Future X-ray missions such as Lynx require large-format imaging detectors with performance at least as good as the best current-generation devices but with much higher readout rates. We are investigating a Digital CCD detector architecture, under development at MIT Lincoln Laboratory, for use in such missions. This architecture features a CMOS-compatible detector integrated with parallel CMOS signal processing chains. Fast, low-noise amplifiers and highly parallel signal processing provide the high frame-rates required. CMOS-compatibility of the CCD provides low-power charge transfer and signal processing. We report on the performance of CMOS-compatible test CCDs read at rates up to 5 Mpix s−1 (50 times faster than Chandra ACIS CCDs), with transfer clock swings as low as ±1.5 V (power/area < 10% of that of ACIS CCDs). We measure read noise below 6 electrons RMS at 2.5 MHz and X-ray spectral resolution better than 150 eV FWHM at 5.9 keV for single-pixel events. We discuss expected detector radiation tolerance at these relatively high transfer rates. We point out that the high pixel ’aspect ratio’ (depletion-depth : pixel size ≈ 9 : 1) of our test devices is similar to that expected for Lynx detectors, and illustrate some of the implications of this geometry for X-ray performance and noise requirements.
We describe recent advances in backside passivation of large-format charge-coupled devices (CCDs) fabricated on 200- mm diameter wafers. These CCDs utilize direct oxide bonding and molecular-beam epitaxial (MBE) growth to enable high quantum efficiency in the ultraviolet (UV) and soft X-ray bands. In particular, the development of low-temperature MBE growth techniques and oxide bonding processes, which can withstand MBE processing, are described. Several highperformance large-format CCD designs were successfully back-illuminated using the presented process and excellent quantum efficiency (QE) and dark current are measured on these devices. Reflection-limited QE is measured from 200 nm to 800 nm, and dark current of less than 1e- /pixel/sec is measured at 40°C for a 9.5 μm pixel.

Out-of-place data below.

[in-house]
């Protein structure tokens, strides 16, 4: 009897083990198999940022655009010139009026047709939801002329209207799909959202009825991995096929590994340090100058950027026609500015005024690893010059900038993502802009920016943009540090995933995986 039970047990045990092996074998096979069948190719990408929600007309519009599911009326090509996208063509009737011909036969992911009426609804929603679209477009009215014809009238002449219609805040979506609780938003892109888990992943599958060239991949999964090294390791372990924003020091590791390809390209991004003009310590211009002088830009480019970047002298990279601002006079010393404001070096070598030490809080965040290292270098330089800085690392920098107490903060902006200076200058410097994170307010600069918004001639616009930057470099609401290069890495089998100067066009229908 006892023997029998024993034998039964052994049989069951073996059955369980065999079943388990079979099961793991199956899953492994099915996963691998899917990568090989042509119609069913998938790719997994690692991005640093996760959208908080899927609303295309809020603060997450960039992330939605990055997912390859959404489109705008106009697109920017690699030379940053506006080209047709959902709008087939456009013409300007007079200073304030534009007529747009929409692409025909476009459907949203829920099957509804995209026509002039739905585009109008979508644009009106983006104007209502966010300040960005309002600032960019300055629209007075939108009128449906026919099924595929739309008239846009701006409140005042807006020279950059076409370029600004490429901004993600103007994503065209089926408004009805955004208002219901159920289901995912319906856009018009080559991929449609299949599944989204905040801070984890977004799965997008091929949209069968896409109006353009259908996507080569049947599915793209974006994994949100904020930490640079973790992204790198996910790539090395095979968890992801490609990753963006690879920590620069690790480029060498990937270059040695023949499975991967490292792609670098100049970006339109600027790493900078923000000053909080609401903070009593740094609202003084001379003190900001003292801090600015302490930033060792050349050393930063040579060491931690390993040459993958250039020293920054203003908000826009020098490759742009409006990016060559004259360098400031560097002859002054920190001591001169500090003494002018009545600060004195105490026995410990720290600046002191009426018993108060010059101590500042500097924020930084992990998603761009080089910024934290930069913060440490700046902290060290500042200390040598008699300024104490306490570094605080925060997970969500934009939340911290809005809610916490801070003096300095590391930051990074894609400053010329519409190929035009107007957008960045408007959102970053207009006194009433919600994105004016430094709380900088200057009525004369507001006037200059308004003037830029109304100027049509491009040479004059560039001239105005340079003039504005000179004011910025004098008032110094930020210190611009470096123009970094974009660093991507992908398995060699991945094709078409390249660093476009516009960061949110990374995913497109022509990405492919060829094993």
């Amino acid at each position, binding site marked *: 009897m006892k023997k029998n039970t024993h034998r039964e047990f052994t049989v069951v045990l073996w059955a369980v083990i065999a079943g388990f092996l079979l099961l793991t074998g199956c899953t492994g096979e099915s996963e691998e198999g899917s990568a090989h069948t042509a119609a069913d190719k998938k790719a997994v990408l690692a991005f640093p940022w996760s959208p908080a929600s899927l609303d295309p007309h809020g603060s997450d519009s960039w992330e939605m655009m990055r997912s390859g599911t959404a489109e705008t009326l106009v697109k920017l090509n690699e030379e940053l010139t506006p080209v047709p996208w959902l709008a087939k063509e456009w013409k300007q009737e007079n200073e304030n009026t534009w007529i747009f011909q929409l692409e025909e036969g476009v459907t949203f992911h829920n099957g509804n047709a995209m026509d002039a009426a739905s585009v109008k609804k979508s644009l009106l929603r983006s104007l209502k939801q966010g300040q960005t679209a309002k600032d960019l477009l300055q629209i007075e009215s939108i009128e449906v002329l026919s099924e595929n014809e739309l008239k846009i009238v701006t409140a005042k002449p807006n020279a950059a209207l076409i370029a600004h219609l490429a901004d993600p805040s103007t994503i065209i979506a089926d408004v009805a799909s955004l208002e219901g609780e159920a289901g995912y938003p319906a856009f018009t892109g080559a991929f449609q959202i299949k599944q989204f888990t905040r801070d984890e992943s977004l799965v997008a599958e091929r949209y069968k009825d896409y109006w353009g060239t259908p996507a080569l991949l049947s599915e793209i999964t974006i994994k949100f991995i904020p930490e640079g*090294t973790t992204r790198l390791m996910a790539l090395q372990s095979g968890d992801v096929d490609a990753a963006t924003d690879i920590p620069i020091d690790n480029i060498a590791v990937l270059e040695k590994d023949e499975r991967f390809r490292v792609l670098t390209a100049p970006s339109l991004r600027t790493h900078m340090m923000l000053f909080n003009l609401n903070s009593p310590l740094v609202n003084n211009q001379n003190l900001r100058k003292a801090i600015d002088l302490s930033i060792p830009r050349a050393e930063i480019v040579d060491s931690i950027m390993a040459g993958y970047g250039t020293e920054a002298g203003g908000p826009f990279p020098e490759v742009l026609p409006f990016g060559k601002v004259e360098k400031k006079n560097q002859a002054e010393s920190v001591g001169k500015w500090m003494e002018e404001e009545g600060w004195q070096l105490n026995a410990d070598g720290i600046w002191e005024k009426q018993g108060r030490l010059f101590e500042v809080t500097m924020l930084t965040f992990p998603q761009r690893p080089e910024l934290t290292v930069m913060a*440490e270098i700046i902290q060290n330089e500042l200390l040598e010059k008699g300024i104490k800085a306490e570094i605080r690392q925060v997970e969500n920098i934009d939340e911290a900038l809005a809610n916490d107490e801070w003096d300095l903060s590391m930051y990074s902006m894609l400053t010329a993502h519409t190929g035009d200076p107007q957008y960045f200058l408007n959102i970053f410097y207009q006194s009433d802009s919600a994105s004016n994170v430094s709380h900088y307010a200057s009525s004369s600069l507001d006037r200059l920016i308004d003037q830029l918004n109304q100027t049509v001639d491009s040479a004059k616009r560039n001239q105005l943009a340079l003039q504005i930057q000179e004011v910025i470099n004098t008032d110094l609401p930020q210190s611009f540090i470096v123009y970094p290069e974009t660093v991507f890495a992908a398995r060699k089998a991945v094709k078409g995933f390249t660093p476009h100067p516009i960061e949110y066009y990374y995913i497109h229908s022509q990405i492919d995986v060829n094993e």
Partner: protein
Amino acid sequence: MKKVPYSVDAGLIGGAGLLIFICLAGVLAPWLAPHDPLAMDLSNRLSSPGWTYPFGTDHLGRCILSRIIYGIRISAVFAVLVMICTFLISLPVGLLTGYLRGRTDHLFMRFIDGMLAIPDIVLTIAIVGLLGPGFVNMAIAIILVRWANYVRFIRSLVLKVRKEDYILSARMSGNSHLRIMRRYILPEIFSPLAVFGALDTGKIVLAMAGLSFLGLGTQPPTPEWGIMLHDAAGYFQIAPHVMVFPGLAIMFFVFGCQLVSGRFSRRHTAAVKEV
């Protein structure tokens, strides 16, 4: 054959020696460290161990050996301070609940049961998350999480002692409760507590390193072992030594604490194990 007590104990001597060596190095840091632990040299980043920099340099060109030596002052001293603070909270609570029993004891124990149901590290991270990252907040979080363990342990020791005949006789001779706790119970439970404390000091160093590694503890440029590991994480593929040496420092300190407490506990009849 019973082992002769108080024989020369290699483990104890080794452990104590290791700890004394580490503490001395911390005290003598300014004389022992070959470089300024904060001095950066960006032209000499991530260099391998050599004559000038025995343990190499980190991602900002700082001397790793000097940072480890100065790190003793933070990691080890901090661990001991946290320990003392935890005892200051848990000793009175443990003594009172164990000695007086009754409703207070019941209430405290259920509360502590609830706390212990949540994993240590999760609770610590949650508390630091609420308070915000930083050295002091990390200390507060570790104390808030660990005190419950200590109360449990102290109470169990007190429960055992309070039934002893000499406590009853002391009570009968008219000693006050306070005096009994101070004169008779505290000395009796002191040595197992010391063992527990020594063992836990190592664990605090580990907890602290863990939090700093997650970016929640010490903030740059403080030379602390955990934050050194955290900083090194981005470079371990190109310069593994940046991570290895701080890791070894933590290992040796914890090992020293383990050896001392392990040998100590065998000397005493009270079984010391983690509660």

Directly deposited optical-blocking filters (DD OBFs) have the potential to improve filter performance and lower risk and cost for future x-ray imaging spectroscopy missions. However, they have not been fully characterized on high-performance charge coupled devices (CCDs). This paper reports the results of DD OBFs processed on high-performance photon-counting CCDs. It is found that CCD performance is not degraded by deposition of such filters. X-ray and optical transmission through the OBF is characterized and found to match theoretical expectation. Light-leaks through pinholes and the side and back surfaces are found to lower the optical extinction ratio; various coating processes are developed to resolve these issues.
The Transiting Exoplanet Survey Satellite, a NASA Explorer-class mission in development, will discover planets around
nearby stars, most notably Earth-like planets with potential for follow up characterization. The all-sky survey requires a
suite of four wide field-of-view cameras with sensitivity across a broad spectrum. Deep depletion CCDs with a silicon
layer of 100 μm thickness serve as the camera detectors, providing enhanced performance in the red wavelengths for
sensitivity to cooler stars. The performance of the camera is critical for the mission objectives, with both the optical
system and the CCD detectors contributing to the realized image quality. Expectations for image quality are studied
using a combination of optical ray tracing in Zemax and simulations in Matlab to account for the interaction of the
incoming photons with the 100 μm silicon layer. The simulations include a probabilistic model to determine the depth of
travel in the silicon before the photons are converted to photo-electrons, and a Monte Carlo approach to charge diffusion.
The charge diffusion model varies with the remaining depth for the photo-electron to traverse and the strength of the
intermediate electric field. The simulations are compared with laboratory measurements acquired by an engineering unit
camera with the TESS optical design and deep depletion CCDs. In this paper we describe the performance simulations
and the corresponding measurements taken with the engineering unit camera, and discuss where the models agree well in